CHARLESTON, W.Va. – A West Virginia High School on Wednesday was transformed into a Japanese performance hall as one of only three venues chosen for a performance of the internationally acclaimed Shizuoka Performing Arts Center troupe.
Huntington High School hosted Satoshi Miyagi’s Medea, a Greek tragedy with live musical accompaniment. The play incorporates Miyagi’s signature puppet theater-inspired style that uses two actors per role – one to speak and one to move. In this play, men provide the voice, while women provide the action.
The West Virginia event, co-sponsored by the West Virginia Department of Education, Cabell County Schools and Marshall University, included two free performances for students and the general public. The only other cities chosen for performances were New York and Pittsburgh.
“We are fortunate in our state to have the West Virginia International School at Scott Teays Elementary in Putnam County,” said state Superintendent of Schools Jorea Marple. “This facility has helped us nurture a growing relationship with Japan for the benefit of our residents and students. The Japanese performance troupe will help our relationship continue to flourish.”
West Virginia is home not only to the international school, but also to several Japanese-based companies, including Toyota. The international school, a tuition-based Saturday program dating back to 1997, was created as part of an incentives package designed to bring the Toyota plant and other international corporations to West Virginia. It helps prepare Japanese students for their successful re-entry to their homeland when they return to Japan.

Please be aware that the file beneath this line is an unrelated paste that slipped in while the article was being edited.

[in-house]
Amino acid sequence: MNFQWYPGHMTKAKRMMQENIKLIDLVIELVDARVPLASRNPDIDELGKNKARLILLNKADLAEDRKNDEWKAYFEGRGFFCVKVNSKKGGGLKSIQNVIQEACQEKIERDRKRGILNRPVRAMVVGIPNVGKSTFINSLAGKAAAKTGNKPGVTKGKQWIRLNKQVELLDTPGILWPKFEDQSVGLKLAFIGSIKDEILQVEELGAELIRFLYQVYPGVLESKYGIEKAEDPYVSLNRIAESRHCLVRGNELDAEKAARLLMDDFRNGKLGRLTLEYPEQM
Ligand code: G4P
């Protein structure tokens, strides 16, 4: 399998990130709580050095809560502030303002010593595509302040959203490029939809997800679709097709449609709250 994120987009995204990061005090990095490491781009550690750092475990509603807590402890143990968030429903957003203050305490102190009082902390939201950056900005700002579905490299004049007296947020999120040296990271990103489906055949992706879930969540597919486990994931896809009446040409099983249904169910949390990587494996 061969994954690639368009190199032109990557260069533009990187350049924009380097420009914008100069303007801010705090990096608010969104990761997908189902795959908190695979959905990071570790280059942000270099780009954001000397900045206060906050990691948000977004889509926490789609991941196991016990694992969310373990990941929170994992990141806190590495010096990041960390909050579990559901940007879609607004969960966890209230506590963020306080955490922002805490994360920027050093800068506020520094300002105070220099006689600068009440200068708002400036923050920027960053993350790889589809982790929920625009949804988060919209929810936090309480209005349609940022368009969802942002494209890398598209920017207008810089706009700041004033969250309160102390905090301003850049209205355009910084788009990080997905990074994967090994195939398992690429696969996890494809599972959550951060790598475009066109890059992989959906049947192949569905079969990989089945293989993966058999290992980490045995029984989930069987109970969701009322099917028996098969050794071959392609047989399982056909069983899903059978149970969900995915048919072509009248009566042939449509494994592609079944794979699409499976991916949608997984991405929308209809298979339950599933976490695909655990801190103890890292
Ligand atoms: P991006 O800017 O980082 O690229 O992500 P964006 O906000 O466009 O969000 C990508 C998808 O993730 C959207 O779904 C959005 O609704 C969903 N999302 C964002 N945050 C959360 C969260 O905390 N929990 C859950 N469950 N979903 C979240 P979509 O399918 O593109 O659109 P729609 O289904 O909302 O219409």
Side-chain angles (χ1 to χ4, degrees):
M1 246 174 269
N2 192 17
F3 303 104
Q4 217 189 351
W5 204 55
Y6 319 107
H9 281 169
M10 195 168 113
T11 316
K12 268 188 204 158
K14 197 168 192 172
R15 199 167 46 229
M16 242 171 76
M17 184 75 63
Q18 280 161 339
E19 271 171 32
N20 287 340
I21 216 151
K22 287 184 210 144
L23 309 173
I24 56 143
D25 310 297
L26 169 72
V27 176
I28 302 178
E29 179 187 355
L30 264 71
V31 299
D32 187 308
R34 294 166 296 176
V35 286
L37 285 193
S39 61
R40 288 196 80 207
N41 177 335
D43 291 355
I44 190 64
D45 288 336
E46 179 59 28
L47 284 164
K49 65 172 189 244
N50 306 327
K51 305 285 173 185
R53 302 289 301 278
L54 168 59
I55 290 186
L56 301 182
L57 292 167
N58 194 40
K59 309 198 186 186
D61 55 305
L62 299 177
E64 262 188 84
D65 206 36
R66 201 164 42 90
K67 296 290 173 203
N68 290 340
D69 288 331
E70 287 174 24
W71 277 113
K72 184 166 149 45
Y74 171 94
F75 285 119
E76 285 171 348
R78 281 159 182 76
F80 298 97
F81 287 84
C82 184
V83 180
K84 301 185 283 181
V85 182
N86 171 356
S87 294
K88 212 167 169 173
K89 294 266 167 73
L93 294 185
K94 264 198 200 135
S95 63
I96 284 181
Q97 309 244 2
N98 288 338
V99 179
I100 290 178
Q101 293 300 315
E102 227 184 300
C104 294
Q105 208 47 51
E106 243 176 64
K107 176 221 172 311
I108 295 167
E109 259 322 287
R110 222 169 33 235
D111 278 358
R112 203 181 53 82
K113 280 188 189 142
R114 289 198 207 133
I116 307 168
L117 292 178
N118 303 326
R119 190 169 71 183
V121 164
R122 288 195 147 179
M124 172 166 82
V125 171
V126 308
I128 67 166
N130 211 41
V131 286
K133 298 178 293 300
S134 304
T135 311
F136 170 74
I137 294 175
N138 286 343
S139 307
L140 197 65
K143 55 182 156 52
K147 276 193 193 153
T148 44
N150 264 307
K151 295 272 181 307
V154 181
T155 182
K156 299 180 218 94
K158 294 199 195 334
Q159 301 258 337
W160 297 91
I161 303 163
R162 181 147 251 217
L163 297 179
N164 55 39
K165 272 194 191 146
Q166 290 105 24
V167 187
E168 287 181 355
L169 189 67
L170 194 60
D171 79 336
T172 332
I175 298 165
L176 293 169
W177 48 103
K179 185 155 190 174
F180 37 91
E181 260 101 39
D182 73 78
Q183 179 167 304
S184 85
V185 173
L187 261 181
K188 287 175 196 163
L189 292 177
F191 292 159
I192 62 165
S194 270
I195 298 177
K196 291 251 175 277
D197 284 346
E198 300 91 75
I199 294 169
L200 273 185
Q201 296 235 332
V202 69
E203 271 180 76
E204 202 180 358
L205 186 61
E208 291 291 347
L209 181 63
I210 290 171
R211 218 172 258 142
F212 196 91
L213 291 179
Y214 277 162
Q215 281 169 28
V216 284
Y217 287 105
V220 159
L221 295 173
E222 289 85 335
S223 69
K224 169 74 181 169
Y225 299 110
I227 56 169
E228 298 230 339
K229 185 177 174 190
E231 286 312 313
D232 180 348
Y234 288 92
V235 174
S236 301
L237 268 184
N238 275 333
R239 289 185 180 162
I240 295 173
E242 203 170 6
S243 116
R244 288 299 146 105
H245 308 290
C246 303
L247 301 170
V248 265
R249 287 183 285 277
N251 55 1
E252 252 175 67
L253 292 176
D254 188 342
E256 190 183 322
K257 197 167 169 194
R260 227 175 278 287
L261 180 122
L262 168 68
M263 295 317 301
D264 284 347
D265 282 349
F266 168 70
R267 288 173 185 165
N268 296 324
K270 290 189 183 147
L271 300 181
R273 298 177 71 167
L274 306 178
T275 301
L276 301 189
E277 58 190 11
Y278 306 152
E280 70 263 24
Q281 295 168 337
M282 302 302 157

In addition, U.S. Sen. Jay Rockefeller, D-W.Va., has long worked to foster relations between Japan and West Virginia. Those factors were considered in selecting West Virginia as a site for the Japanese performance group’s visit.
The cultural performance, which is being funded by Japanese Cultural Affairs, is an example of the type of arts performances that Marple believes will help student learning in the 21st century.
“I believe the arts – dance, theater, visual arts and music – are the soul of the school,” Marple said. “Years of research show that an education that includes the arts is closely linked to almost everything that we as a state and nation say we want for our children: academic achievement, social and emotional development, civic engagement and equitable opportunity.”
For more information, contact Mami Itamochi at the state Department of Education, at (304) 558-0200 or email@example.com, or the Office of Communications at (304) 558-2699.
--The West Virginia Board of Education and the West Virginia Department of Education (WVDE) are committed to ensuring all students in the state are college and career ready when they graduate from a public school. What West Virginia students are learning in school exceeds national and international standards. Through the WVDE’s 21st century learning plan called “Global21: Students deserve it. The world demands it.,” West Virginia is seeing better student performance on the West Virginia Educational Standards Test 2 (WESTEST2); the SAT and the ACT college entrance exams; the job skills assessment called Work Keys given to career and technical education students; and in a high school graduation rate that exceeds the national average.